By Stephanie Hammond
If you found out that a man you trusted had molested your child, how would you feel? What would you do?
For most parents their natural reactions would include anger, devastation, pain, and anguish. Many parents say they would need an “act of God” to prevent them from physically castrating the violator. Others would immediately call the police and try to have the man put away in prison for the rest of his natural life. All of these reactions make sense, considering the disgusting, cruel acts often committed against children — children who depend on their parents to protect them and come to their aid in situations too abysmal to comprehend.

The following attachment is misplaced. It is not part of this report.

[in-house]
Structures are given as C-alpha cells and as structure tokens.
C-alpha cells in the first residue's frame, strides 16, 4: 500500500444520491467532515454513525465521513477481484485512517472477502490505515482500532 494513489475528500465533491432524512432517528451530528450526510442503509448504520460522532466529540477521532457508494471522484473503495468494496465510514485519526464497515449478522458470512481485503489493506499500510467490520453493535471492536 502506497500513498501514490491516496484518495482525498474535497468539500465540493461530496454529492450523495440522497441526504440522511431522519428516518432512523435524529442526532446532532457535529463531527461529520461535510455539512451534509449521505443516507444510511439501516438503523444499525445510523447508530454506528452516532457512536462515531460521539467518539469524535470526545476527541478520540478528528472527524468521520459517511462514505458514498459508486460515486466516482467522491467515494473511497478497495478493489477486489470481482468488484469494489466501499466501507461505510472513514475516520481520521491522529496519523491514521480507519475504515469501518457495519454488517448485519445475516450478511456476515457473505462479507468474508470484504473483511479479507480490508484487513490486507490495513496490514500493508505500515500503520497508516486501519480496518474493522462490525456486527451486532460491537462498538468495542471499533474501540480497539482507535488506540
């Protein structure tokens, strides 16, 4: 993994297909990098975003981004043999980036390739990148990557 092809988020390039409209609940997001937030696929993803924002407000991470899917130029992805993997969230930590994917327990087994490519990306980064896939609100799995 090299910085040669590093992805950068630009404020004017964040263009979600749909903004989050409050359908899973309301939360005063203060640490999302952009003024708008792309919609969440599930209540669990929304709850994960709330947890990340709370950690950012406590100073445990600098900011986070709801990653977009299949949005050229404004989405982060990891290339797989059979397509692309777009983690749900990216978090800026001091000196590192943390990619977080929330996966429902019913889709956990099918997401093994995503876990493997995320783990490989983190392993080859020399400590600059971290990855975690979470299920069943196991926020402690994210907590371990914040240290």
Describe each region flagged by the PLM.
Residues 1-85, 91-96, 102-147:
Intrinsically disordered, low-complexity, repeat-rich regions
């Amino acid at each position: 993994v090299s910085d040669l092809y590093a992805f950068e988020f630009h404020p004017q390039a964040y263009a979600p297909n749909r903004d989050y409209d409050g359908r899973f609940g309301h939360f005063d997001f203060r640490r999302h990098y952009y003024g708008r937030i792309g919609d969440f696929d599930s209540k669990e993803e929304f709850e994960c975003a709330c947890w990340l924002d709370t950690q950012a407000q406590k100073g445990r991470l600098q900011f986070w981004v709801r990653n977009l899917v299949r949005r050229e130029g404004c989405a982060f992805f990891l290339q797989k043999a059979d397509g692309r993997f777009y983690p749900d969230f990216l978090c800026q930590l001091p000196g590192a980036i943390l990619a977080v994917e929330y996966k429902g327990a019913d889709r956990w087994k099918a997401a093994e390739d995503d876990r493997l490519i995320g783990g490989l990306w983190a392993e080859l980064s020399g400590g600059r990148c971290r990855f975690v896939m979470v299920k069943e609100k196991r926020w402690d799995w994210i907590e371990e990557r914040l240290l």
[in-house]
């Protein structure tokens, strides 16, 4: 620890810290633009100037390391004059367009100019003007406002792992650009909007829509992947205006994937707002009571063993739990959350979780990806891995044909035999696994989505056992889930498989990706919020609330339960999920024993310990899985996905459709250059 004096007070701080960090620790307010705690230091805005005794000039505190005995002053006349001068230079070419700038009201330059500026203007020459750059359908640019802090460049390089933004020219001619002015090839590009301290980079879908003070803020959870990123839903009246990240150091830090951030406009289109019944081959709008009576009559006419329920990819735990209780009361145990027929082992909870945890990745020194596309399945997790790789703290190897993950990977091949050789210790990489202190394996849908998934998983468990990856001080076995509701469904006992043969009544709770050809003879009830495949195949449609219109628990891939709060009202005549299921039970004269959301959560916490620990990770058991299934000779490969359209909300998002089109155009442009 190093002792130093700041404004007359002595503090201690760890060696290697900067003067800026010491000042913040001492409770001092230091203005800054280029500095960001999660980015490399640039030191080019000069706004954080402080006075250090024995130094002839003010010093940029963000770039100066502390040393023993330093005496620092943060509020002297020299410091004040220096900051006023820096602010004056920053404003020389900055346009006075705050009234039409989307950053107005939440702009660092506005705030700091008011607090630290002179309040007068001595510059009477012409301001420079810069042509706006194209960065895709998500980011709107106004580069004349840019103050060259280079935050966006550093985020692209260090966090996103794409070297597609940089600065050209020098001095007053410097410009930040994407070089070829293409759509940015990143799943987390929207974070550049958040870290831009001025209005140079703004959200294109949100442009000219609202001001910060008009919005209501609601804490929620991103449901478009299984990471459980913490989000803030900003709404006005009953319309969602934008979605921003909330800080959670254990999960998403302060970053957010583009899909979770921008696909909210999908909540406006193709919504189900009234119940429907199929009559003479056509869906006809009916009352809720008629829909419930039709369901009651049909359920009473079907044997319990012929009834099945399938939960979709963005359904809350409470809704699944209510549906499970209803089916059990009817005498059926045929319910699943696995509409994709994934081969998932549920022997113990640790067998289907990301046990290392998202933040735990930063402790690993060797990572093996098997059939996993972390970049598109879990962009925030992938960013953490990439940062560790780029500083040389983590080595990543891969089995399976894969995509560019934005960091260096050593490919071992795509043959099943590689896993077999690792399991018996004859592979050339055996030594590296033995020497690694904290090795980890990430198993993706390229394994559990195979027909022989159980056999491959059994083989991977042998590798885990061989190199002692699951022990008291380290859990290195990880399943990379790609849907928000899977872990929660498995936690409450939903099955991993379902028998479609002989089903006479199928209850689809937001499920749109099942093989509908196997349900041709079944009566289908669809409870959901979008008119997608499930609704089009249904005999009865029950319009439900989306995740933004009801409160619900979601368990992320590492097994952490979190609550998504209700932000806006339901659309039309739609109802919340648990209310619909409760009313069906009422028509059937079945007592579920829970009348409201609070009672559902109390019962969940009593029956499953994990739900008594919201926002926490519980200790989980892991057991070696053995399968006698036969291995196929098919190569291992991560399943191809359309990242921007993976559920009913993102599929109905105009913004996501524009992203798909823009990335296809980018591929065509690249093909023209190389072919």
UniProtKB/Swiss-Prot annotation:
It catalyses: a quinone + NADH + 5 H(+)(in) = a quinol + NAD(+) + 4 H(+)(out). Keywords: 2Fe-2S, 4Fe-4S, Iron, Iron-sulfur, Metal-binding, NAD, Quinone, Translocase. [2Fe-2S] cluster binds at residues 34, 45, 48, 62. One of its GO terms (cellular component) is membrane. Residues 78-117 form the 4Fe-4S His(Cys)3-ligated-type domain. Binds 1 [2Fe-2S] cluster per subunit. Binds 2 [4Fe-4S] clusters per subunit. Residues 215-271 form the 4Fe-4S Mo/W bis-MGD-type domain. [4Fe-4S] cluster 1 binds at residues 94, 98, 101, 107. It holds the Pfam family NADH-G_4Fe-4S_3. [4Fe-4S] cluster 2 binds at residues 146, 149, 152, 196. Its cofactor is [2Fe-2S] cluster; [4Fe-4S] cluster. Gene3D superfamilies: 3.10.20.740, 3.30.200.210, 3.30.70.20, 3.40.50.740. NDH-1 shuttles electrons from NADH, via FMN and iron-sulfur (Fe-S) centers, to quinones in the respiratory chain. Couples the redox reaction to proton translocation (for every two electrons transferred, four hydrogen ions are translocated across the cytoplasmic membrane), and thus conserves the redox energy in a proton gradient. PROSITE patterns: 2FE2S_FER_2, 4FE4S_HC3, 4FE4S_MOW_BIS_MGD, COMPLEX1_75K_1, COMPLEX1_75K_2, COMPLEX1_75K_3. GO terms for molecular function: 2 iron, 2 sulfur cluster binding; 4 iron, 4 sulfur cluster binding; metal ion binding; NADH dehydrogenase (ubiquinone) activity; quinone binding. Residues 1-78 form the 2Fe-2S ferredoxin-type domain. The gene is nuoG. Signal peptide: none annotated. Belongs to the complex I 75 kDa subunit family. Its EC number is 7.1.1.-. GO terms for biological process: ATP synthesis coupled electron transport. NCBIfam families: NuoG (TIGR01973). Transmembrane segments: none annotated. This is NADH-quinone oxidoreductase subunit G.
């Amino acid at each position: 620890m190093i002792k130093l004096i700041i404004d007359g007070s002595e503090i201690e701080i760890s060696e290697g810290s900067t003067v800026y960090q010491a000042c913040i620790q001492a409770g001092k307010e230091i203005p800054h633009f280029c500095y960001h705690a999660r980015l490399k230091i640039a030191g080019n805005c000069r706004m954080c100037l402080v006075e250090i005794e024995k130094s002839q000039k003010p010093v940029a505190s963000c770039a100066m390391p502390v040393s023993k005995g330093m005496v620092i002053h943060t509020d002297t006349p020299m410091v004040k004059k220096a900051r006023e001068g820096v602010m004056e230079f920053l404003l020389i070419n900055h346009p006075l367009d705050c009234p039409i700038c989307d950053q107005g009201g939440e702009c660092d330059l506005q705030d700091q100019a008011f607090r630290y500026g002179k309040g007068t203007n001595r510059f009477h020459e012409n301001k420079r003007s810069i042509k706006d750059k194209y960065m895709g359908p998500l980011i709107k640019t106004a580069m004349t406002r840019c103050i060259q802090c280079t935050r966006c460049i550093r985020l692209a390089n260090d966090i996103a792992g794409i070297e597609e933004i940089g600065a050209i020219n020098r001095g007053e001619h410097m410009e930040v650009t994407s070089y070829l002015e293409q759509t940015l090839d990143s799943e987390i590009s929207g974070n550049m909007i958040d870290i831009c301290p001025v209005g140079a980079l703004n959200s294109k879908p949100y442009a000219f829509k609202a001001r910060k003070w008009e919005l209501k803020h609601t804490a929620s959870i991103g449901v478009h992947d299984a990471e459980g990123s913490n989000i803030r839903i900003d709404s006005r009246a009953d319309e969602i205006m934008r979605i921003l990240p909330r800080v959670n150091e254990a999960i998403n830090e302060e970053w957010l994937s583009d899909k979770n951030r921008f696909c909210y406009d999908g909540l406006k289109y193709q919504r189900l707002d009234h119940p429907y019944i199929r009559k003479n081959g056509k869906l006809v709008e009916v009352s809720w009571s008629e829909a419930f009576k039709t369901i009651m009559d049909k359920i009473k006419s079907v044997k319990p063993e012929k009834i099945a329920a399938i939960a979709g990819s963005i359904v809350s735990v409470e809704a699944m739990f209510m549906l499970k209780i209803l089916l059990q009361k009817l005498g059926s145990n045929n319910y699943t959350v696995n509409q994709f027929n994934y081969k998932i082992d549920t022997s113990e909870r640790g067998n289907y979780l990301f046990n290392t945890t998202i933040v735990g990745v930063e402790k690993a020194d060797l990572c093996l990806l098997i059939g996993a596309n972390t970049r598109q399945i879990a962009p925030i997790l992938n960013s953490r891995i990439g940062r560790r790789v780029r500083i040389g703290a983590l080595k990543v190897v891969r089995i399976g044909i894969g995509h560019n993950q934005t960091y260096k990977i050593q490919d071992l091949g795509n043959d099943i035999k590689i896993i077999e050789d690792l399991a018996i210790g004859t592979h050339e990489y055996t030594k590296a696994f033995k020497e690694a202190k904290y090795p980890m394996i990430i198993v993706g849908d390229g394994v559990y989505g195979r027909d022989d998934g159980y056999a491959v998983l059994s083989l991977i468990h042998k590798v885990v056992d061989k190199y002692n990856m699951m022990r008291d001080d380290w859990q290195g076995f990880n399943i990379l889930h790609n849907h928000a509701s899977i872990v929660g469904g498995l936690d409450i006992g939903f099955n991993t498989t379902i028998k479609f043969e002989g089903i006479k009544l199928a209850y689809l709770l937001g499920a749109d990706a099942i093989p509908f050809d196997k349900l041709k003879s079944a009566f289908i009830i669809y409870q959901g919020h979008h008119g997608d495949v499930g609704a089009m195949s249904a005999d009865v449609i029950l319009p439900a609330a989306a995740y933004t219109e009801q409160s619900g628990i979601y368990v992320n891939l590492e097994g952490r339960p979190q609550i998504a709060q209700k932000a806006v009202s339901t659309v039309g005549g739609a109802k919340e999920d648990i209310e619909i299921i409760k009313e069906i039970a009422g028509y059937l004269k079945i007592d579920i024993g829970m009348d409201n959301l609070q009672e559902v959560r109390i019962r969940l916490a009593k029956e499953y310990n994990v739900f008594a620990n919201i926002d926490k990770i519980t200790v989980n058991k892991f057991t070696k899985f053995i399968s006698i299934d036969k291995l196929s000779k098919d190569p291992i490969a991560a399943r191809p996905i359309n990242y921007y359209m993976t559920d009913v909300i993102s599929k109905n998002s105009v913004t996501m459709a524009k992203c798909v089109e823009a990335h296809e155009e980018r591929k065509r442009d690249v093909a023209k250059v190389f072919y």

On the other hand, what if you were told it was more acceptable not to call the police? Instead, what if you were instructed that you must tell a member of your church clergy first and let him handle it? And what if you actually followed this instruction, and then find out that nothing was done to punish the perpetrator? What if the clergy members told you that there had to be “two witnesses who personally saw the man touch your child” in order for them to act? Would you let the matter go? Could you?
That second scenario might seem outrageous to most people. No one could actually follow through with that ridiculous mandate – could they? Does this really happen? What are the facts?